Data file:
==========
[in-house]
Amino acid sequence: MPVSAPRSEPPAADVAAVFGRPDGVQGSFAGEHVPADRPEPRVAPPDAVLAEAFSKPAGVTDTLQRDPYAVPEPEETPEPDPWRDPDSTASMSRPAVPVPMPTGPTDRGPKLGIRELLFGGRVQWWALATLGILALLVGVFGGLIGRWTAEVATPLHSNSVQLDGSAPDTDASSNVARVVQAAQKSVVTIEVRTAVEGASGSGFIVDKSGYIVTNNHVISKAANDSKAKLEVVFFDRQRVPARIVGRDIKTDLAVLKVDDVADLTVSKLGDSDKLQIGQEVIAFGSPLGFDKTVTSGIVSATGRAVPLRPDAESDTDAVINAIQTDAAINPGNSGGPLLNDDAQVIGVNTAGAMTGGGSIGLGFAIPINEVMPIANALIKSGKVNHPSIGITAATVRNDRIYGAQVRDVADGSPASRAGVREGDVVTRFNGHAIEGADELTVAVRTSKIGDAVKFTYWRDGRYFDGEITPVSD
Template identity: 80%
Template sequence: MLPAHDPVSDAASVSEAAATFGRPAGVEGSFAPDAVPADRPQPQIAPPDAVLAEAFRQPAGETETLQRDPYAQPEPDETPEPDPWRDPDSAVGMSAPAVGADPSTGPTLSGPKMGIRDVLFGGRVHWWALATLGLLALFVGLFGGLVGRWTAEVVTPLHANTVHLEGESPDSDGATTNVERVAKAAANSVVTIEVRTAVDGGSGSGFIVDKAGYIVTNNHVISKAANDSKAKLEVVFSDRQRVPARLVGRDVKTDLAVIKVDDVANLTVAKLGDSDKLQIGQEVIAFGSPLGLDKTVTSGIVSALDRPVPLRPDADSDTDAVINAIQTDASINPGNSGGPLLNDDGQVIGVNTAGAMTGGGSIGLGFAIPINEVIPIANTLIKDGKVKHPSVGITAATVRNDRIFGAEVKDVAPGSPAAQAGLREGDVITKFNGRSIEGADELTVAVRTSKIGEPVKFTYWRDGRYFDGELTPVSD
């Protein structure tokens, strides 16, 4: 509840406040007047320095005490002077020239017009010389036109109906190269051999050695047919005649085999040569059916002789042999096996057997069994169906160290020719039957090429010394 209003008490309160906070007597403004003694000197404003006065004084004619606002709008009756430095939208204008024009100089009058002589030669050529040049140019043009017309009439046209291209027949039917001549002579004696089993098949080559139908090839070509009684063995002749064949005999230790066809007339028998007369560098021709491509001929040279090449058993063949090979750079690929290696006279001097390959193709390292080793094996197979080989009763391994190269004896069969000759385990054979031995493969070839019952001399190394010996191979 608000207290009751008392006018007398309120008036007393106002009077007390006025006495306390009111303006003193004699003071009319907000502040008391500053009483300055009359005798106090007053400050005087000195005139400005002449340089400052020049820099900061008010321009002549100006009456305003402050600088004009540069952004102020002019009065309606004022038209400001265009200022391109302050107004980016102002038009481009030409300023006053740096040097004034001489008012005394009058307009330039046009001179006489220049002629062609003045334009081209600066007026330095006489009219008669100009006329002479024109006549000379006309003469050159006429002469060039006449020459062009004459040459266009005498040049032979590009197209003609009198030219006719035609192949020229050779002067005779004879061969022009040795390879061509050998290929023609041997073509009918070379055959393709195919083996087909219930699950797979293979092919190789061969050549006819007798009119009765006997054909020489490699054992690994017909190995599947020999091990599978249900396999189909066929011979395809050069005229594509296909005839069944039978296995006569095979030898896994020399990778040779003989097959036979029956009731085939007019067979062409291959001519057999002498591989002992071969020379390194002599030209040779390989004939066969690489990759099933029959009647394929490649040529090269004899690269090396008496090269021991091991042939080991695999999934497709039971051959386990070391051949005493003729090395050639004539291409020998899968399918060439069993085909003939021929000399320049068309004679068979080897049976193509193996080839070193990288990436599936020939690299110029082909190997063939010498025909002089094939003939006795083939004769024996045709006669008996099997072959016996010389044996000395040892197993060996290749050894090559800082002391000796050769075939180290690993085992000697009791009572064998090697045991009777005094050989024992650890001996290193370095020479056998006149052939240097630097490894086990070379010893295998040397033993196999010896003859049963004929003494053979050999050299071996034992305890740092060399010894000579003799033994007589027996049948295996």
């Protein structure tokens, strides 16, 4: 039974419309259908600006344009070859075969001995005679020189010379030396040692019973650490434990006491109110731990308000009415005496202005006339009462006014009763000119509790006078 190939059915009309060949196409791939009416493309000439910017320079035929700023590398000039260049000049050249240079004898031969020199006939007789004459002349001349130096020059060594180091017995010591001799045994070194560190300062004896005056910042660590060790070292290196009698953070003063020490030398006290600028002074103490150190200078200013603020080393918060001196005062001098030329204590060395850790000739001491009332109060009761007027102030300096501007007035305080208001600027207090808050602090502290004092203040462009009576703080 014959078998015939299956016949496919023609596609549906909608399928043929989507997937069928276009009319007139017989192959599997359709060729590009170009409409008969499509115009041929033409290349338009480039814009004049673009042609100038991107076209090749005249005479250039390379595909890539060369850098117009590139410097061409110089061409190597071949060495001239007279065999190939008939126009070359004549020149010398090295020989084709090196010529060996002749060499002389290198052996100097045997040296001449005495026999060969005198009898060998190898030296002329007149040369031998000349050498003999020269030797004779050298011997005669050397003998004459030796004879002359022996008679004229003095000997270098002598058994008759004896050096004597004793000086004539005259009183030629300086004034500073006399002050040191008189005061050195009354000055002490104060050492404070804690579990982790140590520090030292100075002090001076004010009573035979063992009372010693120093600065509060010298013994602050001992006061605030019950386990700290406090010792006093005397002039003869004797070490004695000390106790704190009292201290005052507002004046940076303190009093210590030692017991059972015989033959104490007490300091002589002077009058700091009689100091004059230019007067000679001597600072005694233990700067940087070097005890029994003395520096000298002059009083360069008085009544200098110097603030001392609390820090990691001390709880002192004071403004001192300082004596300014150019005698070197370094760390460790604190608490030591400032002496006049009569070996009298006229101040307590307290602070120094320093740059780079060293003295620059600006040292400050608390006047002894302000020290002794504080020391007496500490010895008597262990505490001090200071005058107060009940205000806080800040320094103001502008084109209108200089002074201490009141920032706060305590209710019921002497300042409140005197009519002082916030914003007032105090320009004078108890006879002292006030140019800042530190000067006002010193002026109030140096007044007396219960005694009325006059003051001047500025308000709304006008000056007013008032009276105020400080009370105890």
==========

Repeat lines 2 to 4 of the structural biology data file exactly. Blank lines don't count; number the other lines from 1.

Amino acid sequence: MPVSAPRSEPPAADVAAVFGRPDGVQGSFAGEHVPADRPEPRVAPPDAVLAEAFSKPAGVTDTLQRDPYAVPEPEETPEPDPWRDPDSTASMSRPAVPVPMPTGPTDRGPKLGIRELLFGGRVQWWALATLGILALLVGVFGGLIGRWTAEVATPLHSNSVQLDGSAPDTDASSNVARVVQAAQKSVVTIEVRTAVEGASGSGFIVDKSGYIVTNNHVISKAANDSKAKLEVVFFDRQRVPARIVGRDIKTDLAVLKVDDVADLTVSKLGDSDKLQIGQEVIAFGSPLGFDKTVTSGIVSATGRAVPLRPDAESDTDAVINAIQTDAAINPGNSGGPLLNDDAQVIGVNTAGAMTGGGSIGLGFAIPINEVMPIANALIKSGKVNHPSIGITAATVRNDRIYGAQVRDVADGSPASRAGVREGDVVTRFNGHAIEGADELTVAVRTSKIGDAVKFTYWRDGRYFDGEITPVSD
Template identity: 80%
Template sequence: MLPAHDPVSDAASVSEAAATFGRPAGVEGSFAPDAVPADRPQPQIAPPDAVLAEAFRQPAGETETLQRDPYAQPEPDETPEPDPWRDPDSAVGMSAPAVGADPSTGPTLSGPKMGIRDVLFGGRVHWWALATLGLLALFVGLFGGLVGRWTAEVVTPLHANTVHLEGESPDSDGATTNVERVAKAAANSVVTIEVRTAVDGGSGSGFIVDKAGYIVTNNHVISKAANDSKAKLEVVFSDRQRVPARLVGRDVKTDLAVIKVDDVANLTVAKLGDSDKLQIGQEVIAFGSPLGLDKTVTSGIVSALDRPVPLRPDADSDTDAVINAIQTDASINPGNSGGPLLNDDGQVIGVNTAGAMTGGGSIGLGFAIPINEVIPIANTLIKDGKVKHPSVGITAATVRNDRIFGAEVKDVAPGSPAAQAGLREGDVITKFNGRSIEGADELTVAVRTSKIGEPVKFTYWRDGRYFDGELTPVSD